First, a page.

100%

Scanned image of the page. Keyboard directions: use + to zoom in, - to zoom out, arrow keys to pan inside the viewer.

Page Options

Download this Issue

Share

Something wrong?

Something wrong with this page? Report problem.

Rights / Permissions

This collection, digitized in collaboration with the Michigan Daily and the Board for Student Publications, contains materials that are protected by copyright law. Access to these materials is provided for non-profit educational and research purposes. If you use an item from this collection, it is your responsibility to consider the work's copyright status and obtain any required permission.

May 07, 1976 - Image 5

Resource type:
Text
Publication:
Michigan Daily, 1976-05-07

Disclaimer: Computer generated plain text may have errors. Read more about this.

- macv. MOV 7. 1 v to I Ht MK Hl( DAILY r - - - - - - - - - - - . .... -

Page Five

_ . r

'U' expert backs)I

(Continued from Page 3) f
panies were reluctant to make 200 mil-
lion doses unless there was some guar-
antee that they could sell them.
"YOU CAN'T order business to make
a product, they have a responsibility to
their stockholders," he said. "The com-
panies make what they think they can
sell."
Davenport said the election year "may
have accelerated the decision." and that
if this program were needed in a non-
election year "Congress would have de-

bated and time could have run out."
Trial doses of vaccine have already
been made and are in the process of
being tested, for this, the largest innocu-
lation program ever attempted. Dasen-
port said it is not yet known whether
the vaccine works or if the industry will
be willing to go through with production.
But, he projects innoculations will start
by August for "high risk" persons, elder-
ly and women in the last trimester of
pregnancy.
Davenport maintains total faith in the

lu plan
industrial capacity of the four major drug
manufacturers and is convinced that once
production moves into high gear the tar-
geted 200 million doses will be met. Prior
to this, 50million vaccinations was the
highest ever attempted.
Part of the $135 million needed to make
the vaccine available on this scale will
go to chicken farmers for eggs, which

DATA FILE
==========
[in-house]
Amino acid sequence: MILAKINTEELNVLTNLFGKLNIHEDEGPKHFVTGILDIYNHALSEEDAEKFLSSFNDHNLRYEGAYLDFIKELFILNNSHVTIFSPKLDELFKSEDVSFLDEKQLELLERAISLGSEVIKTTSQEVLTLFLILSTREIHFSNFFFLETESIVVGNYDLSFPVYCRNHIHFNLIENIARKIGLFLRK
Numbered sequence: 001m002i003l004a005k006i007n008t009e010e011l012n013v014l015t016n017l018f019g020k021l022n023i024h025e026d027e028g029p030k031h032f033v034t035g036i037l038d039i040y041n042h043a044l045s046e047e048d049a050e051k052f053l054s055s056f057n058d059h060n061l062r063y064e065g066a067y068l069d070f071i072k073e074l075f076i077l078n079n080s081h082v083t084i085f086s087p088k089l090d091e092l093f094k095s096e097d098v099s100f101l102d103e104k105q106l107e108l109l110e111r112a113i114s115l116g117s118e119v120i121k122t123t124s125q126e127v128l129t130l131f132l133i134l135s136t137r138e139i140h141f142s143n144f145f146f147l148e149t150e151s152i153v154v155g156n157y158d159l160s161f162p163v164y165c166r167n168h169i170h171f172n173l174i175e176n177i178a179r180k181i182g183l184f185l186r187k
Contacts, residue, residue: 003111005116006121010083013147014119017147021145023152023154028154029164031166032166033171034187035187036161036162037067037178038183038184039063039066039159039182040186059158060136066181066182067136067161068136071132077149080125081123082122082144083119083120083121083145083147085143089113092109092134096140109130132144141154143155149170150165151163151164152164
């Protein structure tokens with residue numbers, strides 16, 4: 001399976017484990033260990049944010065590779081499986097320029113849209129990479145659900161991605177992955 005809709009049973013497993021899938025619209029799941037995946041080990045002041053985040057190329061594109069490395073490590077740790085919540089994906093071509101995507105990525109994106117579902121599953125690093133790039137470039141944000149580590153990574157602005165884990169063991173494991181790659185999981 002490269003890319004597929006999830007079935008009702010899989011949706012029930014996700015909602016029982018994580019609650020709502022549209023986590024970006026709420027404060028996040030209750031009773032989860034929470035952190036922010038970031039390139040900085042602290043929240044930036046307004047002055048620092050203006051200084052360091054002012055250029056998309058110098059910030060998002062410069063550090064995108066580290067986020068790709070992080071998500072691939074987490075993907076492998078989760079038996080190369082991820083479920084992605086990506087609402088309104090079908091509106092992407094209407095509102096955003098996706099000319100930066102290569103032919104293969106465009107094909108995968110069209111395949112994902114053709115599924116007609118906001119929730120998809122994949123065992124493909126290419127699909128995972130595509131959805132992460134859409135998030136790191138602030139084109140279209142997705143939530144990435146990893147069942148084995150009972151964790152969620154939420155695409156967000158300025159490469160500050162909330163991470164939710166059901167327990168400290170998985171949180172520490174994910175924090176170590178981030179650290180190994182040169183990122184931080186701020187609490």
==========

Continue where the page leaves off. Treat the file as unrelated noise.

are needed to produce the vaccine. Both
egg and chicken prices may rise as a
result of the amount of vaccine being
produced.
RICHLER APPOINTED
S NEW YORK 1P-Novelist Mor-
decai Richler has been appointed
to the editorial board of the
up for Book-of-the-Month Club.
Richler has been the club's
age was literary advisor in Canada for
gislature the past two years.

7 bowling lanes
and
14 game machines
at UNION PINBALL
and BOWLING
Open till 1 am, tonight
THtS ISYOUR PROGRAMME
ONE YEARA
1F ~Wik
. a 1H '
the wu tinsti e

Reps debate State drinking ac

LANSING (UPI) - The
sponsor of two bills that would
raise the legal drinking age
back to 2t said yesterday that
two Democrats are deliberate-
ly blocking action on them, de-
spite growing support from
other lawmakers.
"I've recently received word
from Rep. Paul Rosenbaum,
chairman of the~Judiciary Com-
mittee, that he feels the bill is
unconstitutional," said Rep.
Melvin DeStigter (R-Allendale).
"REP. Stephen Stopczynski,
who chairstthe Liquor Control
Committee, refuses to put these
bills on the committee agenda
for consideration. In fact, the
liquor committee is not meet-
ing on a regular basis so that
those members who want to
consider these two bills can
bring them up for discussion.,"
DeStigter called the claim
that the proposals are unconsti-
tutional "a weak argument
against bringing them up for
discussion."
Since the two bills were in-
troduced, they have gained the
support of law enforcement
agencies and school groups.

"The legislature has the
power to establish the levels at
which people pay taxes, drive
automobiles, work, vote and
drink," DeStigter said. "If we
had the authority to lower the
drinking age in 1972, we have
the authority to raise it in
1976."
THE DRINKING age was
dropped to 18 after the state's
voters approved a constitution-
al amendment lowering the age
of majority from 21 to 18..
"All I'm asking is that the
bills have their full day in court
-a full and fair hearing so
that people on both sides of
this issue can be heard," De-
Stigter said.
"I'm convinced that the two
bills can stand on their own and
arguments for raising the
drinking age will overshadow
arguments against the propo-
sal."
DESTIGTER said he thinks
the liquor lobby has prevented
If you want to test for starch
in foods, add a few drops of
iodine which always prolices a
purple color in anything tli-
contains starch.

the bills from coming
debate.
"Since the drinking
lowered to 18 by the le

in 1972, the number of traffic
accidents involving drinking by
those between 18 and 21 have
increased," he said.
"There also have been prob-
lems in schools resulting from
drinking, including making al-
coholic beverages more easily
obtainable by 15 and 16-year-
olds."
LET US HELP YOU PLAN
AHEAD TO BECOME A C PA
CPA
REIEW
DETROIT 313 542-1666

CA- 85 ART CLASSES '
* START WEEK OF MAY 10
I ir, schedule of Workshops in 1
S[. Fine Arts and [ Dance
- Crafts-Phyia Art
(S [ Photography ysica s
NAM E __ _ __ _ _I
LAST FIRST PHONL
ADDRESS:
STREET CITY ZIP
2132 S. MAIN ST., ANN ARBOR, MI. 48108
i 994-8400

Why not join the DAILY?
THE DAILY IS A GREAT PLACE TO:
" meet other good people
" drink 5c Cokes
" learn the operations of a newspaper
" write stories
" see your name in print
" earn a little money
Come on down to 420 Maynard anytime and
join the business, news, sports or photography
staffs!
Udall1
IS COMING
to the
Ann Arbor
Farmer's Market
SATURDAY, MAY 8
at 10 a.m.
come to meet and hear the
candidate for president who
speaks out on the issues.

just Jeans season...
New jeans, tops & belts
K Latest styles & colors
q A Great Just Jeans prices
- >Good timescomin'onI,
- A

Back to Top

© 2020 Regents of the University of Michigan